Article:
Never mind that Suzuki's newest middleweight V-twin has a slightly fey name, its moniker referring to a short, stubby little sword favoured by Roman soldiers. It's a little pretentious, though no more so than Ducati calling its naked bikes Monster when, in fact, the base version is but a mere 695cc. Similarly, ignore, just for a moment longer, that the Gladius is, by any estimation, extremely "well put together" in the same way that, say, Jennifer Aniston cleans up well. The newest Suzook is very easy on the eyes.
But that's not the core of the Gladius. Nope, what you really need to know is that the new Gladius is based on Suzuki's enormously successful SV650, the quintessential beginner's bike that also doubles as everything from a touring mount to a quasi-serious racebike. Originally sold as a runabout of modest performance and expense for those who had outgrown their first motorcycle, Suzuki's 645cc V-twin quickly found a following amongst the sporty set who found that, with the simple addition of a performance exhaust system and some relatively easy suspension fiddling, the little Suzuki could seriously intimidate supposedly more sporting machinery.
The one charge levelled at the SV, however, is that of pedestrian styling. Whether outfitted with a fairing or naked, the basic SV is the epitome of blandness. So, for this year, the SV lineup grows to include the European-flavoured Gladius. Very much Suzuki's take on Ducati's Monster, the Gladius's design was penned in Europe, the Japanese finally discovering that the best way to emulate their competitors is to hire some of them.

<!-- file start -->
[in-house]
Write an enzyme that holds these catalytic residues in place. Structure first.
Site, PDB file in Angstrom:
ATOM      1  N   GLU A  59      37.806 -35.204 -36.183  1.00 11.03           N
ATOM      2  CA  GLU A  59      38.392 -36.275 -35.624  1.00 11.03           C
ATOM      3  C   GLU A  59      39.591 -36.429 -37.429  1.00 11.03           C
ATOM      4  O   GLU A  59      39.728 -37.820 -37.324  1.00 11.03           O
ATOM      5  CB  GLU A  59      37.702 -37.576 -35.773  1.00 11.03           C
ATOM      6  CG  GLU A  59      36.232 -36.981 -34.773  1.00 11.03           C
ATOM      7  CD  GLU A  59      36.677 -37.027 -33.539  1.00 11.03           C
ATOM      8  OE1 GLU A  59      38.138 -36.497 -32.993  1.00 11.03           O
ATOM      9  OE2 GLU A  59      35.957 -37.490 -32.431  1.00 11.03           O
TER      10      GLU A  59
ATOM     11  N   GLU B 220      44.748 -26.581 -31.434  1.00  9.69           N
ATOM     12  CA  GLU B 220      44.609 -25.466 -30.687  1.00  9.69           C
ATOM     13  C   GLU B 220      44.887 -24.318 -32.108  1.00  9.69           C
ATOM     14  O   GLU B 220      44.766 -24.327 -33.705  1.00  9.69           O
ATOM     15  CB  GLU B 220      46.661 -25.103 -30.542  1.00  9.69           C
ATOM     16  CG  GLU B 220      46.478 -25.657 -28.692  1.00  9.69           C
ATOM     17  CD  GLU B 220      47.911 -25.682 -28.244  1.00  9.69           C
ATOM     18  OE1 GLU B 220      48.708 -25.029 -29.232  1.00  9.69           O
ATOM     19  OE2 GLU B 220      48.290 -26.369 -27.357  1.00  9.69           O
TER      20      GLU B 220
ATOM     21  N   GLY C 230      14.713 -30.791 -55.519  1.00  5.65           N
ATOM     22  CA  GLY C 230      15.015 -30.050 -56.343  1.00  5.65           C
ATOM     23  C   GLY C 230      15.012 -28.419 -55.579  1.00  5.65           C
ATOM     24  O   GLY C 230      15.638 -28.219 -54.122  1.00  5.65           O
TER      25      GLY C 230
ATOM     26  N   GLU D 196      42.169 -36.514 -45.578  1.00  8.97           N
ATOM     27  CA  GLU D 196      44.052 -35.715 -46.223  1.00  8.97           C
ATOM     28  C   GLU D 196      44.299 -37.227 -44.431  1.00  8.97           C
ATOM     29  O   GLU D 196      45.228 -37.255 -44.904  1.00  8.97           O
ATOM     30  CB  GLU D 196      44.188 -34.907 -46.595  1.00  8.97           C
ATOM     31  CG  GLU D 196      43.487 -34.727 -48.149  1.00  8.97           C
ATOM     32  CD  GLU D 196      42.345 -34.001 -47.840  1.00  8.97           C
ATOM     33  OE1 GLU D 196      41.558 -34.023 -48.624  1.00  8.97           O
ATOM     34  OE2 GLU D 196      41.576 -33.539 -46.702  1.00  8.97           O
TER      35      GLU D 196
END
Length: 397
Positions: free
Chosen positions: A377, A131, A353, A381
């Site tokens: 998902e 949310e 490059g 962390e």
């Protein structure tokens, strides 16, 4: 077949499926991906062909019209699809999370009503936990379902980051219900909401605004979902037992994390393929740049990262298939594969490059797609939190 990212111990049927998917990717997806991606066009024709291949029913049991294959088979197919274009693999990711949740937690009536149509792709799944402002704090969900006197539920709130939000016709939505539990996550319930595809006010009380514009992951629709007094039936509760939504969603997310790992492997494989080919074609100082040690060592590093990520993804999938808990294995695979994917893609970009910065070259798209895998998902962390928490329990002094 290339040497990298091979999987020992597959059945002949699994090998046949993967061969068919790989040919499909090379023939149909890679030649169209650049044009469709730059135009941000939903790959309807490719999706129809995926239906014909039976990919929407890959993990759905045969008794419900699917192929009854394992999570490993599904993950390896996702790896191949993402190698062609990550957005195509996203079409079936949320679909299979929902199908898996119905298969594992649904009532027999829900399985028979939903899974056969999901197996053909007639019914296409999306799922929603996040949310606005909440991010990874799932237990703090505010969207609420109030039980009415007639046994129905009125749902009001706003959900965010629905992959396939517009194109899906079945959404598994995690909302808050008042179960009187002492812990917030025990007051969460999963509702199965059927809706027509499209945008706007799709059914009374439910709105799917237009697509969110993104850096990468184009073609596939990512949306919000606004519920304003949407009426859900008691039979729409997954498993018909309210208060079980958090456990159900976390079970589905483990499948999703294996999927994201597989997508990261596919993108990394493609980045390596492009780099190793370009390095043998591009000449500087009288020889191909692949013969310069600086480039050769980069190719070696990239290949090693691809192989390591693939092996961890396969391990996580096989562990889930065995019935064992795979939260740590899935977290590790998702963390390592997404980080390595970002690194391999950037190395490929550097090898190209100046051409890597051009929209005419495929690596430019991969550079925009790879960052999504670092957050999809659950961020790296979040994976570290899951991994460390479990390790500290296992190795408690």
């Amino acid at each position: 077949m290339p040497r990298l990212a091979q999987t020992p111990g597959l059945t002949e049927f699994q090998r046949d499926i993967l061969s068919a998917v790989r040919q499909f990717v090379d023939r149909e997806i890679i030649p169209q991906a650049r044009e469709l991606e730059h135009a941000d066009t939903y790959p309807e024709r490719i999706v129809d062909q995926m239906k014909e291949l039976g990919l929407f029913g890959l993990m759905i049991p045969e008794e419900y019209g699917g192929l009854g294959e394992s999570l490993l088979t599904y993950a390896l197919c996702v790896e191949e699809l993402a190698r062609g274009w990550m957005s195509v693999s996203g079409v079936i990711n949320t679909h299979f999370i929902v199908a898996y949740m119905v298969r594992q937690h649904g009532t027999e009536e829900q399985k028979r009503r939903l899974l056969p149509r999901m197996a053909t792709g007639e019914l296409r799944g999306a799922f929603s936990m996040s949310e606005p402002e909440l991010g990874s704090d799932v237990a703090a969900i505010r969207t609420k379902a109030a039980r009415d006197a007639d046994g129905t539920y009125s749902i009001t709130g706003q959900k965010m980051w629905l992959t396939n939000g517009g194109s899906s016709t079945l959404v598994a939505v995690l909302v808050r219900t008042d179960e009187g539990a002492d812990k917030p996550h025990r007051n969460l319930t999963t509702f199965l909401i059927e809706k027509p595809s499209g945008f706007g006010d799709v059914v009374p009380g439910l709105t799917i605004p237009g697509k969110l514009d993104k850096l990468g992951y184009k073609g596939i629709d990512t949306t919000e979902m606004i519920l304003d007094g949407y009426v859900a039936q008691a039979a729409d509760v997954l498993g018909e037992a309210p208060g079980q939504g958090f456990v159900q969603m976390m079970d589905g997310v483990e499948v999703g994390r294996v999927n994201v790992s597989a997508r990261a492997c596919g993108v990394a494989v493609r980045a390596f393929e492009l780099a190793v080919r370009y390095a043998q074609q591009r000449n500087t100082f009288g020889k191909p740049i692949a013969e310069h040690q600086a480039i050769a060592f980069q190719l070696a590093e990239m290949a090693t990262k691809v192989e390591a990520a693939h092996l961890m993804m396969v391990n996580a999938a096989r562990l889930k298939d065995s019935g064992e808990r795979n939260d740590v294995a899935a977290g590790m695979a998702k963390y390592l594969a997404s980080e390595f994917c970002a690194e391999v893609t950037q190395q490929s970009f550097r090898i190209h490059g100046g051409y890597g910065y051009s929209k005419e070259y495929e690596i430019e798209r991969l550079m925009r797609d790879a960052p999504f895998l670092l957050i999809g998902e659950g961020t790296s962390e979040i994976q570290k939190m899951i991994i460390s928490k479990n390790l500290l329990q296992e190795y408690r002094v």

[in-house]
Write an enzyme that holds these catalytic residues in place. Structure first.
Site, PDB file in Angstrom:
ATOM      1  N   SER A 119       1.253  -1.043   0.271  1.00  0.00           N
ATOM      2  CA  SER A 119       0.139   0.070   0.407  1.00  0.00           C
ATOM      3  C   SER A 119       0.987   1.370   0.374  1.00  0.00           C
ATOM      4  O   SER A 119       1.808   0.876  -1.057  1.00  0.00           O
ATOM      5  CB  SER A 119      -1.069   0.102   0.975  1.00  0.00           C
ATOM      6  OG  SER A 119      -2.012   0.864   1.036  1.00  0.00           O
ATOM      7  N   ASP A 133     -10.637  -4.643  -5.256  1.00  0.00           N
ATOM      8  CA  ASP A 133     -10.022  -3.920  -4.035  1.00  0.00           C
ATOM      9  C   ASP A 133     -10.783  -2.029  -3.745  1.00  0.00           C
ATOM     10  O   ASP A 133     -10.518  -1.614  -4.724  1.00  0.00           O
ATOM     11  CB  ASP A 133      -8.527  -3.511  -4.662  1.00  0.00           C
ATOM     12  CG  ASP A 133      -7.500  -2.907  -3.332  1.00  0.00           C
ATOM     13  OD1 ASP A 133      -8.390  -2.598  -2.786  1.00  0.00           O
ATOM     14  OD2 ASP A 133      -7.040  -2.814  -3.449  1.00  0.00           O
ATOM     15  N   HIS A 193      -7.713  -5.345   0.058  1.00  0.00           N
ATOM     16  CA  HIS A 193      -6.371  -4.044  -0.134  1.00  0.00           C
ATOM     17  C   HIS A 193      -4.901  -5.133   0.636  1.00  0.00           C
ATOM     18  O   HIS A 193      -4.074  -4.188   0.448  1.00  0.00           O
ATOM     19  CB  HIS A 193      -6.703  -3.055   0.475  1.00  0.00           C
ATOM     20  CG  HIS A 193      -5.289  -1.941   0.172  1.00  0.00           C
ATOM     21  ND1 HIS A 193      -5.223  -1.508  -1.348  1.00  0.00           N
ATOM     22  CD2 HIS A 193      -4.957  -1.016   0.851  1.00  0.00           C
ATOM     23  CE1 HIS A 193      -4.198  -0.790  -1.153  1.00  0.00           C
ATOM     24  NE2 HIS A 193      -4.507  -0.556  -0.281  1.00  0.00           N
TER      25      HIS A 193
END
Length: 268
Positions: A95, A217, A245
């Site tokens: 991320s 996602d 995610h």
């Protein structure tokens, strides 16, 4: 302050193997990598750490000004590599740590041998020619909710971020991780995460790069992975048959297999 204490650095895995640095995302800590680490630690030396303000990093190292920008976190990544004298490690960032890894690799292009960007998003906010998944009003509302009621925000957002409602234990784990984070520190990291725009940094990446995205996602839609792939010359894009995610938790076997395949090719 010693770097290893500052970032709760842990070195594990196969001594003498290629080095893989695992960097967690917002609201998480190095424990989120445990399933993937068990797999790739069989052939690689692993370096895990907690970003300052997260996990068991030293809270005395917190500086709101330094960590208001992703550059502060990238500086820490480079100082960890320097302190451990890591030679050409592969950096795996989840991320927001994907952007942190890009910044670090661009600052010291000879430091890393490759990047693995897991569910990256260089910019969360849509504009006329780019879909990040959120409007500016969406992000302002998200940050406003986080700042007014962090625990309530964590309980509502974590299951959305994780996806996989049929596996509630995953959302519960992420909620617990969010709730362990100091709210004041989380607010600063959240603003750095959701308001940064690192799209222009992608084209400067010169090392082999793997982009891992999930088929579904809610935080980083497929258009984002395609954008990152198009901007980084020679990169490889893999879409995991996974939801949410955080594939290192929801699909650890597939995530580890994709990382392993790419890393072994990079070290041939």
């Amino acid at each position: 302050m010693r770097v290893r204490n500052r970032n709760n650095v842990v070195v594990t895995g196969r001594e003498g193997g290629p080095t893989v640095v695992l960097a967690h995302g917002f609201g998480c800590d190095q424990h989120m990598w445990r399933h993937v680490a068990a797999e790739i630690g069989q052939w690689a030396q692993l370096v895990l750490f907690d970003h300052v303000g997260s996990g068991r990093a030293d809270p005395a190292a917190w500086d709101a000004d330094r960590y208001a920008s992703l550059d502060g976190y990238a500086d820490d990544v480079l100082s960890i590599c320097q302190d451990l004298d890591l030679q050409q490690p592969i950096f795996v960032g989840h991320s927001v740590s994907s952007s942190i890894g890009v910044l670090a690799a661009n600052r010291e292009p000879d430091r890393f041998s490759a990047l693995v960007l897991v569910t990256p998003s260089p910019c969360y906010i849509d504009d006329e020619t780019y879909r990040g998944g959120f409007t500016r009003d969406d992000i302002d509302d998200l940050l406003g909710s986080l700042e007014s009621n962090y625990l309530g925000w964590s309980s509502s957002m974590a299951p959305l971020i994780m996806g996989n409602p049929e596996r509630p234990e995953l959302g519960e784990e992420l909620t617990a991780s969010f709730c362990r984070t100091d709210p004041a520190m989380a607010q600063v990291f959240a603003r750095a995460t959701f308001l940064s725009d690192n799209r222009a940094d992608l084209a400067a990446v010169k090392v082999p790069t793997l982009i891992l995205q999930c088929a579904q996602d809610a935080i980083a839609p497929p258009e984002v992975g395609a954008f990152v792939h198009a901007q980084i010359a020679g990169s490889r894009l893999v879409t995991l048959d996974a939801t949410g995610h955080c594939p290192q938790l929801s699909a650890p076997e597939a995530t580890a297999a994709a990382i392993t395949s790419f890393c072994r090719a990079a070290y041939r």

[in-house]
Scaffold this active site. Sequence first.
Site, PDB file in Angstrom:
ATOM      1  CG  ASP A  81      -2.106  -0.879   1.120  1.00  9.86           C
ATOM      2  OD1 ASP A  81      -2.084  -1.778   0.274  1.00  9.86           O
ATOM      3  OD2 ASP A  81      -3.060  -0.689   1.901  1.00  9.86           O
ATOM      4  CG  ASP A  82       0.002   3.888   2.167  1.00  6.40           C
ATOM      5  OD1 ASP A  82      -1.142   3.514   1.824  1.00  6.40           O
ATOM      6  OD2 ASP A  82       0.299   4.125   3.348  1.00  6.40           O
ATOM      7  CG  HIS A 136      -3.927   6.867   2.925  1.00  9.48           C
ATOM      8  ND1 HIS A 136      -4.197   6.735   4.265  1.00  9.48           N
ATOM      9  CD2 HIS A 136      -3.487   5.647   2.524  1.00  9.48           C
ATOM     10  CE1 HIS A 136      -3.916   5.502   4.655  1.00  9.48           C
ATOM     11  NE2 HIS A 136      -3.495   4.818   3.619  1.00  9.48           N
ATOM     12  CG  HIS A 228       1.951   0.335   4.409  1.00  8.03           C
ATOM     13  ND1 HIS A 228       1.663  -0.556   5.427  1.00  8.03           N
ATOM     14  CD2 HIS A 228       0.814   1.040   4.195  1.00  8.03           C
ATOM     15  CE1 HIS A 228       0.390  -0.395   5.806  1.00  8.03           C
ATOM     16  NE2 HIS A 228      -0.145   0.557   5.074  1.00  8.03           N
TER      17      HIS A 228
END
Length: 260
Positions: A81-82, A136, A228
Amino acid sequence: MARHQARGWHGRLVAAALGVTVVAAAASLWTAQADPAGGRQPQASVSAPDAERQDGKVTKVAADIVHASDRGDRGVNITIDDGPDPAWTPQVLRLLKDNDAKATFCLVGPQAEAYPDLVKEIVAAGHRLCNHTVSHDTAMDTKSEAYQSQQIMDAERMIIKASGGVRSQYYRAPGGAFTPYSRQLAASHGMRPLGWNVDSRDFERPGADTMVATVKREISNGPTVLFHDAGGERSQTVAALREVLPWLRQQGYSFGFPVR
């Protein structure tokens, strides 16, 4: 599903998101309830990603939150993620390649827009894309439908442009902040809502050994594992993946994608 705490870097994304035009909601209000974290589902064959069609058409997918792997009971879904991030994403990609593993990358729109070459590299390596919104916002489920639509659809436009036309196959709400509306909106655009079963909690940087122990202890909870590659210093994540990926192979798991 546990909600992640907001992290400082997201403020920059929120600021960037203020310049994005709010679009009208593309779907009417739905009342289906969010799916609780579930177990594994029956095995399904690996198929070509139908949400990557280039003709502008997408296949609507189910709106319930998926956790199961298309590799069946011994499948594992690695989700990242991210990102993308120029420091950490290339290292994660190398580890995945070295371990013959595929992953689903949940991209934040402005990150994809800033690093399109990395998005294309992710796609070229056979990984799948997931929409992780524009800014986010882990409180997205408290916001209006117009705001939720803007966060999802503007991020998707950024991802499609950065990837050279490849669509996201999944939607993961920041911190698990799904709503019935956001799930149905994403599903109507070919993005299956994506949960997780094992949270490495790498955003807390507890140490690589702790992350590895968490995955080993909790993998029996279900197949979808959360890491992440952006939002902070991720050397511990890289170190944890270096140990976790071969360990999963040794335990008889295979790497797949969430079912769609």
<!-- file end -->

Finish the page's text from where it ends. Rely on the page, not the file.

So what we have is a trellis frame à la Monster, a swoopy BMW-like headlight, sexy two-tone paint and an exhaust that looks like it was liberated from an old Bimota DB3 Mantra. Imagine the staid old SV650 as the girl next door and the Gladius as decidedly hotter Megan Fox who moves in down the street. On initial inspection, they really are that different. Underneath the skin, they are much less dissimilar. Although Suzuki claims the powerband had been extended to even lower rpm, the 645cc V-twin feels much the same. That's not a bad thing as the middleweight has plenty of power. There may "only" be 70 horsepower on tap, but they are healthy stallions and more than enough for even serious sporty riding.
Another benefit in the upgrade to sword status is that the Gladius' exhaust note sounds healthier than the weedy SV650. It's most notable on over-run and downshifting through the gears has the 650 sounding like a much bigger, and more authoritative, V-twin. Indeed, when downshifting, the Gladius doesn't sound that much different from the Buell 1125CR I happened to be testing at the same time. So too does the suspension make the grade. In fact, the Gladius' single largest performance advantage over the last SV650 I rode lies in its superior suspension. The springing, both front and rear, is stiffer and the damping seems more robust as well. I doubt either the forks or the rear damper are up to the rigours of a full-on track session, but there's plenty of control for sporty street riding. Ditto for the brakes, which feature dual 290 mm discs up front clamped by twin-piston Tokico calipers.
As the Gladius is meant as Suzuki's Monster fighter, it gets a very comfortable seating position with upright "superbike" handlebars rather than racer-like clip-ons. As well, its footpegs are rather lowish, a nod to the novices who Suzuki still sees as a core audience for the 650. The seat, which initially feels overly firm, proves reasonably comfortable, mainly because of its pleasingly-flat broad shape.
Indeed, my biggest complaint for the Gladius is that it doesn't offer Suzuki's anti-lock brake system that is such a boon to beginners and expert riders alike. Suzuki's ABS system is generally such a low-cost item that it should be at least an option. email@example.com